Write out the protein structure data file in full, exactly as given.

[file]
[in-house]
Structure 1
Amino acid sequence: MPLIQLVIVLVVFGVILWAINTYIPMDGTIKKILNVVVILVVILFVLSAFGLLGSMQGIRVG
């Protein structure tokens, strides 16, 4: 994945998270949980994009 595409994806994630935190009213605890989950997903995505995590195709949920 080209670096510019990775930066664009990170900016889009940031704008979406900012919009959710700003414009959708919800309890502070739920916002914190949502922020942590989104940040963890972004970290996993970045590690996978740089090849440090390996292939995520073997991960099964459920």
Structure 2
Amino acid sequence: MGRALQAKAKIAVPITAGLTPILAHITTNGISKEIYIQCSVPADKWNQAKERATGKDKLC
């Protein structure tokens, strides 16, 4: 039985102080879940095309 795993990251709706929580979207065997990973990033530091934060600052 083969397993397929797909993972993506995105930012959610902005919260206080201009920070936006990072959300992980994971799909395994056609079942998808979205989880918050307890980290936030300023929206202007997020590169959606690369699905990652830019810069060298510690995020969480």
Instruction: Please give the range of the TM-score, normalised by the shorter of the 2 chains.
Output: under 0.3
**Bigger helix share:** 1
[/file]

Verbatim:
[in-house]
Structure 1
Amino acid sequence: MPLIQLVIVLVVFGVILWAINTYIPMDGTIKKILNVVVILVVILFVLSAFGLLGSMQGIRVG
């Protein structure tokens, strides 16, 4: 994945998270949980994009 595409994806994630935190009213605890989950997903995505995590195709949920 080209670096510019990775930066664009990170900016889009940031704008979406900012919009959710700003414009959708919800309890502070739920916002914190949502922020942590989104940040963890972004970290996993970045590690996978740089090849440090390996292939995520073997991960099964459920």
Structure 2
Amino acid sequence: MGRALQAKAKIAVPITAGLTPILAHITTNGISKEIYIQCSVPADKWNQAKERATGKDKLC
């Protein structure tokens, strides 16, 4: 039985102080879940095309 795993990251709706929580979207065997990973990033530091934060600052 083969397993397929797909993972993506995105930012959610902005919260206080201009920070936006990072959300992980994971799909395994056609079942998808979205989880918050307890980290936030300023929206202007997020590169959606690369699905990652830019810069060298510690995020969480």
Instruction: Please give the range of the TM-score, normalised by the shorter of the 2 chains.
Output: under 0.3
**Bigger helix share:** 1